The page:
I know that one of Einstein's key steps towards General Relativity was the realization that gravity and acceleration were related. I understand the free-falling elevator analogy, but the relationship between inertial and gravitational mass is still a bit ambiguous to me.

  • $\begingroup$ You don't have to go to Einstein to see that. Gravity is already an acceleration in classical mechanics. You are, after all, probably used to expressing the gravitational field on Earth's surface by assigning the gravitational acceleration $g=9.81m/s^2$. That is, minus a Lorentz invariant formulation, exactly what Einstein does. Inertial and gravitational mass are simply the same within any experimental limit that we have ever been able to establish. If experiments can't tell a difference, then neither should theory and that's why one can call gravity an acceleration rather than a force. $\endgroup$
    – CuriousOne
    Commented Jul 12, 2016 at 0:26
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    $\begingroup$ This might be useful physics.stackexchange.com/q/266890 $\endgroup$
    – Diracology
    Commented Jul 12, 2016 at 1:06
  • $\begingroup$ I think this is more or less a duplicate of How can you accelerate without moving? however I'm reluctant to close your question unless you agree. $\endgroup$ Commented Jul 12, 2016 at 16:37

2 Answers 2


Gravity causes acceleration, but acceleration can happen from a lot of other things as well, for example, on electromagnetic effects.

In most cases, the acceleration depends on some charge-like quantity. For example, a body with a mass of 1kg and with a charge of 1C will accelerate faster in the same electric field, as a body with 2kg of mass and with the same charge.

The only exception is the gravity. A body with 2kg of mass experience twice bigger force on gravity, as a body with 1kg. The result is that their acceleration is exactly the same. It was the result of Galilei's well known experiment (as he threw out bodies with different mass from the Pisa Tower).

No other interaction behaves similarly. To explain this, there are two possible ways:

1) We can say, that in the case of the gravitation, the mass behaves like some charge. It was Newton's concept.

2) We can say, that the gravitational acceleration is independent from the mass. Actually, it is independent from everything, except from the geometric configuration of the examined system.

Here comes Occam's razor in the picture. Occam's razor means, that explaining an unknown thing, the simplest explanation is the most probable.

This leaded to the key concept, that the gravity is not a charge-proportional, but only a purely geometric effect.

Now consider: there is an experimental condiguration, with many parameters, between them geometric parameters, mass distribution and charge-like parameters. Newton said, gravitation depends on all of them. Einstein's key concept was to minimize it, so he geometrized the laws.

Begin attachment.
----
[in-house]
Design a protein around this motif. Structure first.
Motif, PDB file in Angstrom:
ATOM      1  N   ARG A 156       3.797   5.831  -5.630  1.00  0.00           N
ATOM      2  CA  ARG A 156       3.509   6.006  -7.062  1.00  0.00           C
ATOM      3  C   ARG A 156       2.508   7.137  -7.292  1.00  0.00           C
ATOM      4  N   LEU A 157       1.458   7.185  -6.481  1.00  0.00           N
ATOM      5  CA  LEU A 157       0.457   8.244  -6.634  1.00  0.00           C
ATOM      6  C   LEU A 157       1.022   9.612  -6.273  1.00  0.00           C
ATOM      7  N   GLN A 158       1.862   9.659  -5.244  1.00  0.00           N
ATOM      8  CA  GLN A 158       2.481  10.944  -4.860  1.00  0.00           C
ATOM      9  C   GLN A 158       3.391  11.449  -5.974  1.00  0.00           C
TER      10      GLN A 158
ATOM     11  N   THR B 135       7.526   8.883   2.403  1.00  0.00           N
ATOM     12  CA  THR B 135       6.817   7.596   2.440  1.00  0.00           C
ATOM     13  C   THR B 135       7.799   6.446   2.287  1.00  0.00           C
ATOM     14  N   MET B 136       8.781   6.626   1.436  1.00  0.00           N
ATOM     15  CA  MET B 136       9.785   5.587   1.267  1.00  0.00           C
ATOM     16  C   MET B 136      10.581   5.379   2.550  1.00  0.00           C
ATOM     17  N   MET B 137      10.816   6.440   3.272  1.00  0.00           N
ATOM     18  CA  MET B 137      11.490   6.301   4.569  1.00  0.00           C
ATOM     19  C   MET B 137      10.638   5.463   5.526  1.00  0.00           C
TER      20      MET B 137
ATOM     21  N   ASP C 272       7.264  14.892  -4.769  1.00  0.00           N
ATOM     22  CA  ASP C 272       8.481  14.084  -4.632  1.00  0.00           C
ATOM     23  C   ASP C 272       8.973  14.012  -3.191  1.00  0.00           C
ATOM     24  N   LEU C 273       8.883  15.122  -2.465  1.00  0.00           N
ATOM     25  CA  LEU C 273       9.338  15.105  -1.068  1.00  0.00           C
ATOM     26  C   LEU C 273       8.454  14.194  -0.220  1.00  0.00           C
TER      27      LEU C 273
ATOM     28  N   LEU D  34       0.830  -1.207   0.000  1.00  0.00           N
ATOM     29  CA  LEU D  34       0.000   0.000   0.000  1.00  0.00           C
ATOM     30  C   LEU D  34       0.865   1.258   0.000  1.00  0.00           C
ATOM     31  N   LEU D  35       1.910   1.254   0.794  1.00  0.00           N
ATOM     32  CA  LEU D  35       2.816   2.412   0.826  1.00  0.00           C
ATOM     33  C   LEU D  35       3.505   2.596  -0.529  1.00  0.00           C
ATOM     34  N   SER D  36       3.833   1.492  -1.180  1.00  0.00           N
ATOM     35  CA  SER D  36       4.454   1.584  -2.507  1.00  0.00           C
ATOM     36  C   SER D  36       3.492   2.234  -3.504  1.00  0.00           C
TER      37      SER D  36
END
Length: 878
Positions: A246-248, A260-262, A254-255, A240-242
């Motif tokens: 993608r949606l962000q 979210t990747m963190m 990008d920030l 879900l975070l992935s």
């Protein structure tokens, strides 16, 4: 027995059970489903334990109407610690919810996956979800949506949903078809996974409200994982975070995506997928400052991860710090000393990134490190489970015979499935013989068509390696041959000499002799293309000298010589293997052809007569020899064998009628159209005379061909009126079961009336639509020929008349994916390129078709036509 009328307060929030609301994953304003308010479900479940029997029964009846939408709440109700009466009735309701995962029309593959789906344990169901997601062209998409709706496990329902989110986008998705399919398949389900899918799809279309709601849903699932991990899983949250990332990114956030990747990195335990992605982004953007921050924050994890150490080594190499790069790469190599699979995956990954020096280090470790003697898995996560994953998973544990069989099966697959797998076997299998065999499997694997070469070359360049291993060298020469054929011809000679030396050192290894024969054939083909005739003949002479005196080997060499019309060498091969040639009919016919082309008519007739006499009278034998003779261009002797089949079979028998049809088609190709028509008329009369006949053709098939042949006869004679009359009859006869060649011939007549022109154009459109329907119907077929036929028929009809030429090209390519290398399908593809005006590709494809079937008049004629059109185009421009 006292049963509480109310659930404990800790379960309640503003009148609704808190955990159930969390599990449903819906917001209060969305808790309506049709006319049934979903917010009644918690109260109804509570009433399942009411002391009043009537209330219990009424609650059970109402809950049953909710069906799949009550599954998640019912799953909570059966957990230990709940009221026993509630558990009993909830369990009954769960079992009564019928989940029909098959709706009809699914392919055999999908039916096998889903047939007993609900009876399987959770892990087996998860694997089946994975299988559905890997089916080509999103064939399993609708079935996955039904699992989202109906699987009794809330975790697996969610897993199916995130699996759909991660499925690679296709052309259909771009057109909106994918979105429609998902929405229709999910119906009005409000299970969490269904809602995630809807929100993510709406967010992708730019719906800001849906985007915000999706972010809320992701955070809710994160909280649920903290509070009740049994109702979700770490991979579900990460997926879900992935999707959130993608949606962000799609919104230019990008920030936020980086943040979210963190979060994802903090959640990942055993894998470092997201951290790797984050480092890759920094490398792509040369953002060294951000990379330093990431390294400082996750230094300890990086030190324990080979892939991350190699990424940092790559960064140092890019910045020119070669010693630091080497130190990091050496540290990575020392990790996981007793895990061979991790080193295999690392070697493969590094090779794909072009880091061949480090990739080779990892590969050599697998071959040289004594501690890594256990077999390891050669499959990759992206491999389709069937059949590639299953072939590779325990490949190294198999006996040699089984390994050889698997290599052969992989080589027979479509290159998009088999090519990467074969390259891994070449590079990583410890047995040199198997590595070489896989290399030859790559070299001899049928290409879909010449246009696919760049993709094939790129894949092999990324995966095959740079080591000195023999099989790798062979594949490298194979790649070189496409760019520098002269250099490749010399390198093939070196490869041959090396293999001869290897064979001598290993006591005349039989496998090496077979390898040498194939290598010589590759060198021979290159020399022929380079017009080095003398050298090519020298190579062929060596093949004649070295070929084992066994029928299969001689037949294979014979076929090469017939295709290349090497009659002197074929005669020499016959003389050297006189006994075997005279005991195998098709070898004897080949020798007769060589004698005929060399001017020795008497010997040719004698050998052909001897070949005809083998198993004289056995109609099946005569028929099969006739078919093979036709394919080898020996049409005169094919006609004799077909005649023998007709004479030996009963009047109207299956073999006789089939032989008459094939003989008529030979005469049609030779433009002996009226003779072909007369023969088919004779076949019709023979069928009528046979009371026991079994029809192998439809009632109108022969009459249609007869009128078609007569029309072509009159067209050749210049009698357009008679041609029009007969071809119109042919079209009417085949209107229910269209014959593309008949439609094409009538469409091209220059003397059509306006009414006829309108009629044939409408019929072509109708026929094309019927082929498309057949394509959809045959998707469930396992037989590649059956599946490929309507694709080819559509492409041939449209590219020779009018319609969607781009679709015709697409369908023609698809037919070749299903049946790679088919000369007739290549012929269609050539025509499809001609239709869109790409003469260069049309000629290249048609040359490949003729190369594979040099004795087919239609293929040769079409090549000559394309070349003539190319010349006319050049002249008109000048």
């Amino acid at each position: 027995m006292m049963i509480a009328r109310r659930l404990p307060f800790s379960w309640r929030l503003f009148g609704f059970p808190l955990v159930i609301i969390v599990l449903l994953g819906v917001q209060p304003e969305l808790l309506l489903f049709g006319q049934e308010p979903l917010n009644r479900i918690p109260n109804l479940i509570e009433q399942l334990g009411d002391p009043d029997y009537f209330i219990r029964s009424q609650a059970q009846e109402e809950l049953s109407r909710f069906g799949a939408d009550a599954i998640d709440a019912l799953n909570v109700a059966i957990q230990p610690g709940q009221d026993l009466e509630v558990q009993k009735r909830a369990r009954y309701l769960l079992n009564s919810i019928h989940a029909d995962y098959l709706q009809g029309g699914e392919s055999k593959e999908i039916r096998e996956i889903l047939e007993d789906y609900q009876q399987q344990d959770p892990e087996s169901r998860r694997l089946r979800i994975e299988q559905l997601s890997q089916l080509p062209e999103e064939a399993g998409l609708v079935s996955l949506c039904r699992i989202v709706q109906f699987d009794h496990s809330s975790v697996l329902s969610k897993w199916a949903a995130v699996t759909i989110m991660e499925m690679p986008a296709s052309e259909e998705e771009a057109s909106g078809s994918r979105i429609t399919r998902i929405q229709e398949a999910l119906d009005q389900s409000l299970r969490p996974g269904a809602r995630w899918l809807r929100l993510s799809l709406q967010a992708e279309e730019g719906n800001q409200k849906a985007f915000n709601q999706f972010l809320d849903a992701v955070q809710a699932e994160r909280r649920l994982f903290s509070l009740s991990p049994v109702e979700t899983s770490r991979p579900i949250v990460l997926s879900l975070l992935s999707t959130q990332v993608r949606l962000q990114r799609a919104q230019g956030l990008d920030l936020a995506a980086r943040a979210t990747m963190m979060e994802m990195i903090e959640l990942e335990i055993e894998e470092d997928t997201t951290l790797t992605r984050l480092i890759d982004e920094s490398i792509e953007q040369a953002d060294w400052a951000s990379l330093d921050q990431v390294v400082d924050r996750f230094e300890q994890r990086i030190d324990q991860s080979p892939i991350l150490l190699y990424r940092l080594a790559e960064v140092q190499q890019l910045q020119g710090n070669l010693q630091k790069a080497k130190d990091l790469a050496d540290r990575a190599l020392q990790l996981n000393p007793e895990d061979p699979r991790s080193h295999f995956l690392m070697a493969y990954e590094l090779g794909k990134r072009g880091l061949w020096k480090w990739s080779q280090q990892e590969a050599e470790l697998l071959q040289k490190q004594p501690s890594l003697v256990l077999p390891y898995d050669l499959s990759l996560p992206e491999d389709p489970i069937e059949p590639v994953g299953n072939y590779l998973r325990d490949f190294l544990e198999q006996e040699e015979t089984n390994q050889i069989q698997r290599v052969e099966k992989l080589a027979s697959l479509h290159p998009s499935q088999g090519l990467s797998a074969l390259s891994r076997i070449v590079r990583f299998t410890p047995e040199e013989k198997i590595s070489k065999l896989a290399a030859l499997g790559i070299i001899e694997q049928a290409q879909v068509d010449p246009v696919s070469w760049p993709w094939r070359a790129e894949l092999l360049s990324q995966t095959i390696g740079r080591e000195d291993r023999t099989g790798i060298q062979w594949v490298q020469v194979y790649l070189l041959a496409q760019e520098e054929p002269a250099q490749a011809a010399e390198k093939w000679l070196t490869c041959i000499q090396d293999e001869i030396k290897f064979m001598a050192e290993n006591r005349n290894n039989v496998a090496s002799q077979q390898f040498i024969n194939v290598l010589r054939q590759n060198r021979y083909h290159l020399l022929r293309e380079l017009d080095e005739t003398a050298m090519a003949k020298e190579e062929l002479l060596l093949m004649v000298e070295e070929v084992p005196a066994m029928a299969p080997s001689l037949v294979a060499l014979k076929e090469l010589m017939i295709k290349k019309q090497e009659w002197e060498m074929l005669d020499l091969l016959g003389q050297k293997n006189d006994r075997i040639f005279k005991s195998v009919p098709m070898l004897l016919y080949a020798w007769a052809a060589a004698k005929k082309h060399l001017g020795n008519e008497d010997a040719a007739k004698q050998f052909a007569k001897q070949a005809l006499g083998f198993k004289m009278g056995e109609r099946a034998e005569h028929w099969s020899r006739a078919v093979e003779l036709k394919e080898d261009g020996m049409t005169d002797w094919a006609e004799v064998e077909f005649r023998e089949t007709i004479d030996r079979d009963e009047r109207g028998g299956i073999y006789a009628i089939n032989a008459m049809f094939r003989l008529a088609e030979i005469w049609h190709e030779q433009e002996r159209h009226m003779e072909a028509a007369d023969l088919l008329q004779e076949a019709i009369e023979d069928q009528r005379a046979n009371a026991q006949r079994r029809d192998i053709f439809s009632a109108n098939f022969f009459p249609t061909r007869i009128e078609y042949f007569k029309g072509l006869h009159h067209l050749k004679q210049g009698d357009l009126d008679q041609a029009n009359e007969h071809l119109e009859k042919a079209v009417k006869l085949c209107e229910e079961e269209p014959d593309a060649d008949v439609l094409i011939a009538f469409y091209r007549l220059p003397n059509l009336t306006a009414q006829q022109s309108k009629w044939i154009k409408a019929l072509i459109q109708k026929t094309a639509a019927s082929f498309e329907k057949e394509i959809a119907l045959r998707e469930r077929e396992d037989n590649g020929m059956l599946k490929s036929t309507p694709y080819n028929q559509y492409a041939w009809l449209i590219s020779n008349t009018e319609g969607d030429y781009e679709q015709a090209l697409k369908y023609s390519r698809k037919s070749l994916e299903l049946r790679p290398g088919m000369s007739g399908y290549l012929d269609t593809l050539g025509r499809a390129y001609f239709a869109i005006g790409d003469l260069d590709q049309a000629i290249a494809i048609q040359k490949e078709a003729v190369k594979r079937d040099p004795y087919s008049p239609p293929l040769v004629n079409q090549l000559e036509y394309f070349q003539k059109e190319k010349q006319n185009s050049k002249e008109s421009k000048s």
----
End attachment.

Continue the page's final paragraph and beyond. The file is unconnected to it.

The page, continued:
Before that, everything is worked in the exactly opposite direction: there were the geometrical, experimental results, and essentially the science described these by algebraic formulas. Now Einstein stepped in the other direction, he geometrized the science again.

Finally, the GR is much more complex (in algebraic sense, too) as Newton's single-formula solution, but the theory is also much better.

Consider a sheet a paper, where the horizontal direction symbolizes the movement in space, and the vertical the movement in time. We are continually moving in the direction of the time, so we are always moving upwardly.

If you curve this paper, for example, if you slouch one of its corners, then the time-directional movement on this paper will also result a horizontal movement, a movement in the space. The masses give curveture to this paper, and thus they cause acceleration.

  • $\begingroup$ A little cheat: in the time of Newton, static electricity (and magnetism) were nearly unknown things (see, how "magnet" and "magic" are so similar words) and the "charge" concept appeared in the XIX. century. $\endgroup$
    – peterh
    Commented Jul 12, 2016 at 1:07
  • $\begingroup$ Sorry for my English, it is soo late. $\endgroup$
    – peterh
    Commented Jul 12, 2016 at 1:10

They are, as Einstein pointed out, equivalent. So why distinguish between the two? Well the only real difference is that they are measured differently. To measure inertial mass, we exert a given force to something with an unknown mass. To measure gravitational mass we compare the force of gravity from an object with an unknown mass to the gravitational force of a mass that we know. Whenever we compare our results using either method, however, we always arrive at the same result. This my friend is the equivalence principle!

Here's a link that explains nicely (also a major source of my info): http://www.physlink.com/Education/AskExperts/ae305.cfm

P.S. This is also the principle that fuels flat-earth conspiracies so don't let those darn flat-earthers fool you.


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